It is difficult to believe that more than three months have passed since we were last together in person for worship. St. Mary’s adapted quickly to remain active: Sunday worship online; Christian formation for all ages; virtual fellowship through Zoom coffee hours, BINGO, trivia, Circles of Care, online meetups, and phone calls; significant contributions to local nonprofits that support vulnerable populations in Massachusetts. Learning to be the church and to do the work of the church in a new way has been a challenge.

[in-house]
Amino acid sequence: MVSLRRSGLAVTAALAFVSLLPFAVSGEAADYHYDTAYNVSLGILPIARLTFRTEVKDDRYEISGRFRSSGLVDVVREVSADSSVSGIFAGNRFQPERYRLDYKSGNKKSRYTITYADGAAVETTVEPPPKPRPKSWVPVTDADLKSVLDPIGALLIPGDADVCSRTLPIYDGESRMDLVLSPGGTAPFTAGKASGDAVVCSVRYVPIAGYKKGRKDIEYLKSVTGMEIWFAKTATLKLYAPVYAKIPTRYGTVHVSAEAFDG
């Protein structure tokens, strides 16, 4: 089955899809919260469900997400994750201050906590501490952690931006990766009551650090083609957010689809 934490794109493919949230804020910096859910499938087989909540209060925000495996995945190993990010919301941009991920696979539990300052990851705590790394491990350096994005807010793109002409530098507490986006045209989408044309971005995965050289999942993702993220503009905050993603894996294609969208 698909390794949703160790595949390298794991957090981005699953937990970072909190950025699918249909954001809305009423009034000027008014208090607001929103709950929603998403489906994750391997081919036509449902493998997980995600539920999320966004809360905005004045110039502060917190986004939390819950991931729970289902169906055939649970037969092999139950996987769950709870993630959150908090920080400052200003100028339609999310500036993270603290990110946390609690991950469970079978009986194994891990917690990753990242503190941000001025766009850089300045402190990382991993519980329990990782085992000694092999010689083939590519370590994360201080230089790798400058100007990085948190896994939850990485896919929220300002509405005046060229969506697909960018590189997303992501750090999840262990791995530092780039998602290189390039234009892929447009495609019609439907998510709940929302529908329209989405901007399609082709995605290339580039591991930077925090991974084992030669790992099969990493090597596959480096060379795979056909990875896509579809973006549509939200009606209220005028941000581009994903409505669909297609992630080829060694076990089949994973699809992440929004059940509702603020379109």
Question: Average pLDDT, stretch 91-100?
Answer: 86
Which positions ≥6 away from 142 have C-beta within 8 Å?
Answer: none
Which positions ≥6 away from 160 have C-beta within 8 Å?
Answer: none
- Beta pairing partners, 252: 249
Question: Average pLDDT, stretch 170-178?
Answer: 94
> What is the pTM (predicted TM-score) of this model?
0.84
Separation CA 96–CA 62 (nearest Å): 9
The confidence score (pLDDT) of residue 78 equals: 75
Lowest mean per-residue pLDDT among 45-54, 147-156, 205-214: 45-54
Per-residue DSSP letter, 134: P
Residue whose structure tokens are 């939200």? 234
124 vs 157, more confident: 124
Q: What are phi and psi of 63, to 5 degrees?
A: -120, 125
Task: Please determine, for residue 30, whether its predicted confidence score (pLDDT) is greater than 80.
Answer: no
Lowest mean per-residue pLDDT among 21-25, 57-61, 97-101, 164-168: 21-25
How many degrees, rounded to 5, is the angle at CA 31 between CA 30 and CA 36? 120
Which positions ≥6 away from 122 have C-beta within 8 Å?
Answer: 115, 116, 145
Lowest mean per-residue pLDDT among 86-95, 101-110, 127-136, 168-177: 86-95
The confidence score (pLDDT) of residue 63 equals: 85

Governor Charlie Baker announced that houses of worship are permitted to gather for public worship under strict guidelines of occupancy, social distancing, and CDC outlined cleaning procedures, starting May 18. However, each parish in the Episcopal Diocese of Massachusetts is under the canonical authority of the Bishop of Massachusetts. In coordination with the Episcopal Diocese of Western Massachusetts, our bishops and an advisory team released a fifteen-page regathering plan that may allow public worship as early as July 1, provided certain public health criteria, as well as church specific criteria, are met. This document, “A Journey By Stages”, provides four stages for regathering in person. These stages are keyed to public health indicators, rather than to specific timelines. Right now we are in “Stage One” of the guidelines. These stages will stretch on for weeks, months, and maybe even years, in order to ensure that our parishes do not become transmission epicenters like ones you’ve read about in the news.